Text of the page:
[ exact phrase in "" • ~10 sec • results by date ]

[ Google-powered • results by relevance ]

LOCATION/TYPE

News Home
Archive
RSS

Subscribe to RSS feed

Add NWW headlines to your site (click here)

Sign up for daily updates

Keep Wind Watch online and independent!

Donate $10

Donate $5

Selected Documents

All Documents

Research Links

Alerts

Press Releases

FAQs

Publications & Products

Photos & Graphics

Videos

Allied Groups

Standing room only at county’s ‘wind map’ meeting  

Credit:  By Ed Gordon, Staff Writer, Tehachapi News, www.tehachapinews.com 18 January 2012 ~~

The Kern County Planning and Community Development Department presented a draft of the proposed Wind Resource Area Boundary Map to a full house at the Jan. 11 meeting of the Tehachapi Municipal Advisory Council. All members of the council were present. The audience exceeded 100 people as Craig Murphy Advanced Planning/Community Division Chief began the presentation. Murphy began by giving some background information AB 32 was one of the primary driving forces behind a lot of the renewable energy development that has been seen in all of Kern County and through out all of California. AB 32 is the “Global Solutions Warming Act of 2006” and it set the state’s 2020 greenhouse gas reduction goals.

Since that time a number of other legislative actions have taken place On Nov. 17, 2008, executive order S1408 identified a renewable energy goal for the entire state at 32 percent. On Feb. 22, 2011, the Kern county Board of Supervisors adopted a renewable resources goal of 10,000 megawatts for introduction by the year 2015. Those megawatts can be derived from a number of different factors solar, wind biomass and does not include projects that go into the grid that includes renewable energy that is developed by a solar project that is adjacent to a farming operation and all the power goes directly from that solar field to the farming operation so it’s a number of factors.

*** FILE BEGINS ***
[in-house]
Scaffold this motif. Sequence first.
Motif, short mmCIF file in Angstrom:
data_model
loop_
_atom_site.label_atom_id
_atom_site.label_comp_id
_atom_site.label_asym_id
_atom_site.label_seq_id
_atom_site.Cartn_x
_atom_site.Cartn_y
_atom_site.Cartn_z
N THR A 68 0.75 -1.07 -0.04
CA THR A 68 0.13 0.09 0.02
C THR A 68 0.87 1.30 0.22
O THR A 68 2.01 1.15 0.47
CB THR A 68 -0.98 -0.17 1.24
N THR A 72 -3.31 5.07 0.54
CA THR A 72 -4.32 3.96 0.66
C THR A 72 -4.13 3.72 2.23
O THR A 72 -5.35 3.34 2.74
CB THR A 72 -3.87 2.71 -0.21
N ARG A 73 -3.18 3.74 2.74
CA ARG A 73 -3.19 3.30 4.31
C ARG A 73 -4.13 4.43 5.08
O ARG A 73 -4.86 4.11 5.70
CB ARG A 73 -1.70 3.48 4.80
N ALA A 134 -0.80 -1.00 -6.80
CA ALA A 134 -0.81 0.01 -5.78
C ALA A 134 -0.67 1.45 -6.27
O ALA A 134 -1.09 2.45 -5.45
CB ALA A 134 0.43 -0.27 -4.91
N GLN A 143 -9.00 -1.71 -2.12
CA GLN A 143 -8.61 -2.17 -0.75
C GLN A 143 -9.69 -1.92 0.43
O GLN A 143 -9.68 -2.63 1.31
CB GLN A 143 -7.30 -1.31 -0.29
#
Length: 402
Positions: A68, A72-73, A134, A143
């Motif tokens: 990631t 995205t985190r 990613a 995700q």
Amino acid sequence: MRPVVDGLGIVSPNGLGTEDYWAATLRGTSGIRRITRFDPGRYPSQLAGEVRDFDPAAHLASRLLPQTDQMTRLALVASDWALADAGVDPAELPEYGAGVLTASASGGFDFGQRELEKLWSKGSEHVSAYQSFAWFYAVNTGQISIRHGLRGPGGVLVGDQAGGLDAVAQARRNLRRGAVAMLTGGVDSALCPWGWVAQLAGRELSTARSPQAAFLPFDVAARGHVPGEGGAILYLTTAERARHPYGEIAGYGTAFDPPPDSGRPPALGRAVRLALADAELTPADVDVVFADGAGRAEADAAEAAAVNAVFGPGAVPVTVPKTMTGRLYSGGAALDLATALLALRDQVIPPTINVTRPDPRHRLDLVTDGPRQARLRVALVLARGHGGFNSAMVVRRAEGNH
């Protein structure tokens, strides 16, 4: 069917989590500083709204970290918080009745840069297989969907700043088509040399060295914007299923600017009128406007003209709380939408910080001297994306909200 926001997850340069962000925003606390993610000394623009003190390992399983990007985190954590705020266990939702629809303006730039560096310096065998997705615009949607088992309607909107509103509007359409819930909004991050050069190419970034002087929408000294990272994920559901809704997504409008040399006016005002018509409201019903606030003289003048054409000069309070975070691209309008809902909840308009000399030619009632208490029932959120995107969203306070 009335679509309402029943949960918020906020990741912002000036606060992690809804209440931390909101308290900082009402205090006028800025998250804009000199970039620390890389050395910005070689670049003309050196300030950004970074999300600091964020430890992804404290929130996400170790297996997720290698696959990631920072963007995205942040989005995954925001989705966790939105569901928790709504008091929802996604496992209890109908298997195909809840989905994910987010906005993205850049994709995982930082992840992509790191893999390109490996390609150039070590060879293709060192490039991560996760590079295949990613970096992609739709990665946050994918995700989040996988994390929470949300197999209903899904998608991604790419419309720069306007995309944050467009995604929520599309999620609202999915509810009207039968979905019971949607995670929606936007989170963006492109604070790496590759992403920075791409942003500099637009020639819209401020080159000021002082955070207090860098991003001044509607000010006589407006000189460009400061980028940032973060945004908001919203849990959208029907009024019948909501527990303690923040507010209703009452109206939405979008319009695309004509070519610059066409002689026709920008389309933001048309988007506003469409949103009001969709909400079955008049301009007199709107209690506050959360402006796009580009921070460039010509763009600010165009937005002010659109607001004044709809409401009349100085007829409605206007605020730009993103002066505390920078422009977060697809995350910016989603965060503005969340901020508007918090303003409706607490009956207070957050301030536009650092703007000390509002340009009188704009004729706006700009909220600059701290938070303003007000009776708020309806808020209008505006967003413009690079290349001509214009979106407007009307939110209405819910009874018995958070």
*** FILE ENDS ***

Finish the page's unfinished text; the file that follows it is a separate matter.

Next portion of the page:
Murphy said, “Eastern Kern County has been identified as a location for wind development for a number of years. The wind is one of the primary factors. It has ideal mountain topography velocity air density and a number of other factors. There are existing transmission facilities that have been put in place. Including the SCE wind hub and whirlwind substation and the ongoing construction of the Tehachapi renewable transmission project. SCE and other public utility companies have made commitments through power purchase agreements to accept at this time 1500 megawatts of energy generated from this region of the county.” Pointing to an older map, Murphy continued, “The Tehachapi Wind Resource Area is an unofficial wind boundary of where wind resources are known to occur. Its never been adopted by kern County in any form. It’s never been adopted by any of the jurisdictions in this area, but it has become to be known as the Tehachapi wind resource area.”